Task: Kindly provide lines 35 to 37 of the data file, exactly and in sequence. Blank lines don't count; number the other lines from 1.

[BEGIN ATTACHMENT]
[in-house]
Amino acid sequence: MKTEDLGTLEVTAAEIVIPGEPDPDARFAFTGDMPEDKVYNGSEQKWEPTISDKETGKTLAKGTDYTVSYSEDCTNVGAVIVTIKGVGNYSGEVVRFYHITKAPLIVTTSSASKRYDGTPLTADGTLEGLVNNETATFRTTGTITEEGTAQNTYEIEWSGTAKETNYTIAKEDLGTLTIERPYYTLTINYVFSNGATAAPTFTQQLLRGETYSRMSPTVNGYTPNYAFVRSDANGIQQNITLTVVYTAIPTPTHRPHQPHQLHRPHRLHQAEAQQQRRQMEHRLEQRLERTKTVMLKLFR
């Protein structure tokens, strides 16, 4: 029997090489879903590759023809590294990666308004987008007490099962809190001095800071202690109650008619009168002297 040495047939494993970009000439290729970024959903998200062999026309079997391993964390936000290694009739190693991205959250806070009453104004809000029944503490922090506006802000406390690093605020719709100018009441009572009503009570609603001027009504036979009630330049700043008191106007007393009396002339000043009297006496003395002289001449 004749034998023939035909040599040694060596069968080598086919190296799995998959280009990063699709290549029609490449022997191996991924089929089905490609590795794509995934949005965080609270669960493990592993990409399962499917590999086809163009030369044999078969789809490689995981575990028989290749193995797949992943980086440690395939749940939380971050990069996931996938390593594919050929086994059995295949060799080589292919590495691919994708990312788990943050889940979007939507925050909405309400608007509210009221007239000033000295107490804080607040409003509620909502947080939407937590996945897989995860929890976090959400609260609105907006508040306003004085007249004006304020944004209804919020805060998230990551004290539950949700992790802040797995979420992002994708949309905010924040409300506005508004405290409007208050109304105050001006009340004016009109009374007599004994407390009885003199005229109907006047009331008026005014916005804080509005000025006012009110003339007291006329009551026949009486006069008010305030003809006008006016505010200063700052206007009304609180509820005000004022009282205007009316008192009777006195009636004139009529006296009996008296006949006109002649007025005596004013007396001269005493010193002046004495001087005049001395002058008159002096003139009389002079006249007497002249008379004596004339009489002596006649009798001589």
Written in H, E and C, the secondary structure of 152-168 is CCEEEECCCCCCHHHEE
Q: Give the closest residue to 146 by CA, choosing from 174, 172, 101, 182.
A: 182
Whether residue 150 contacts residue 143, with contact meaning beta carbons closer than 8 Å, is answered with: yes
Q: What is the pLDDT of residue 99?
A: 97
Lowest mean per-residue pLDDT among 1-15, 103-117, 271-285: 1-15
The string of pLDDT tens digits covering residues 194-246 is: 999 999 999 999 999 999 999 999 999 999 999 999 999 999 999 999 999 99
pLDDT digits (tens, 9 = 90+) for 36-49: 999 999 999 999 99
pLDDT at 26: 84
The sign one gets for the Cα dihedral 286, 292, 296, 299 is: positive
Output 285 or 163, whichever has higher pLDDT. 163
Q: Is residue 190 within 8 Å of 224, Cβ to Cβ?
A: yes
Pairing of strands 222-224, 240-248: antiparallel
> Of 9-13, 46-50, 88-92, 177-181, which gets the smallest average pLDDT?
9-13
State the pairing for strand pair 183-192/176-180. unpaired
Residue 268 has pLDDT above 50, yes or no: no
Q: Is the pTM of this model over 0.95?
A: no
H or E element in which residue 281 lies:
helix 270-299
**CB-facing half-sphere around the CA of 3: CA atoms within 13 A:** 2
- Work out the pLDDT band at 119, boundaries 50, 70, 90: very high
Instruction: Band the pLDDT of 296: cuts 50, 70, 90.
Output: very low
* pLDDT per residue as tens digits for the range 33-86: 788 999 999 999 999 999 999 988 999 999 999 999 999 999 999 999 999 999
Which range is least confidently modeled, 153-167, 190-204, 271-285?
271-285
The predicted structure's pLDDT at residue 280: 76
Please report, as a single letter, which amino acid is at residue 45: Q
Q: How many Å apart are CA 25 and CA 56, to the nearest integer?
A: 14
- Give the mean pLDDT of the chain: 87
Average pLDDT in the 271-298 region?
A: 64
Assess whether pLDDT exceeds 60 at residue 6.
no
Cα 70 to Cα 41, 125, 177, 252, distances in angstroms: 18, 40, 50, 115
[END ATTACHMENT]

Please report, as a single letter, which amino acid is at residue 45: Q
Q: How many Å apart are CA 25 and CA 56, to the nearest integer?
A: 14